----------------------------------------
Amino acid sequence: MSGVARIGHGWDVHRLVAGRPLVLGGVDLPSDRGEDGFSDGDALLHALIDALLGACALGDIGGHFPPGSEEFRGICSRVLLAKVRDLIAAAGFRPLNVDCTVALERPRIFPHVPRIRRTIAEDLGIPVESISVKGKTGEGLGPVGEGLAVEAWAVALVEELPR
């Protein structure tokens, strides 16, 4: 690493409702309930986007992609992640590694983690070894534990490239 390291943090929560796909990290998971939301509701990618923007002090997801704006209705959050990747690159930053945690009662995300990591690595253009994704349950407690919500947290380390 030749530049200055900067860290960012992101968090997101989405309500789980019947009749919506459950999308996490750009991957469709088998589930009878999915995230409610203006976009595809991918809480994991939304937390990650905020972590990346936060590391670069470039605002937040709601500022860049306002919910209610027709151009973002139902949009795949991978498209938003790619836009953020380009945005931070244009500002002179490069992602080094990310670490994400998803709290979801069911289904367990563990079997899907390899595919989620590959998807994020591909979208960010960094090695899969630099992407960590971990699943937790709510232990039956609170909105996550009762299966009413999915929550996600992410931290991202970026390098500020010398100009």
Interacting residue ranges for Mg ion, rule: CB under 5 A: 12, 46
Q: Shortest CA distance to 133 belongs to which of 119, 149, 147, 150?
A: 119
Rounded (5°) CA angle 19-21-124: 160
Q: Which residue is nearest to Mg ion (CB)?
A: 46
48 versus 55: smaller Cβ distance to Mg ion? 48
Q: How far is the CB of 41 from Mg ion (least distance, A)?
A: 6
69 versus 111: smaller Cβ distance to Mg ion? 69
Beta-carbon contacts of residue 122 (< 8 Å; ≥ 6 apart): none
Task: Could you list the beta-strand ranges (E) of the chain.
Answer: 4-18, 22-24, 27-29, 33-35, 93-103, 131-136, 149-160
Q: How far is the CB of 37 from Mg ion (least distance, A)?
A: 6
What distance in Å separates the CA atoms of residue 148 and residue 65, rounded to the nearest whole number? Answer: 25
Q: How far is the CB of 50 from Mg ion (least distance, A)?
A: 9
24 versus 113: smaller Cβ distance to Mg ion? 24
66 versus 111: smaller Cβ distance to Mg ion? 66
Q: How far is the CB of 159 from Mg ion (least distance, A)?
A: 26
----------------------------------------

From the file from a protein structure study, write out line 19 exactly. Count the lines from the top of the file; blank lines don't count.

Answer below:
Q: How far is the CB of 50 from Mg ion (least distance, A)?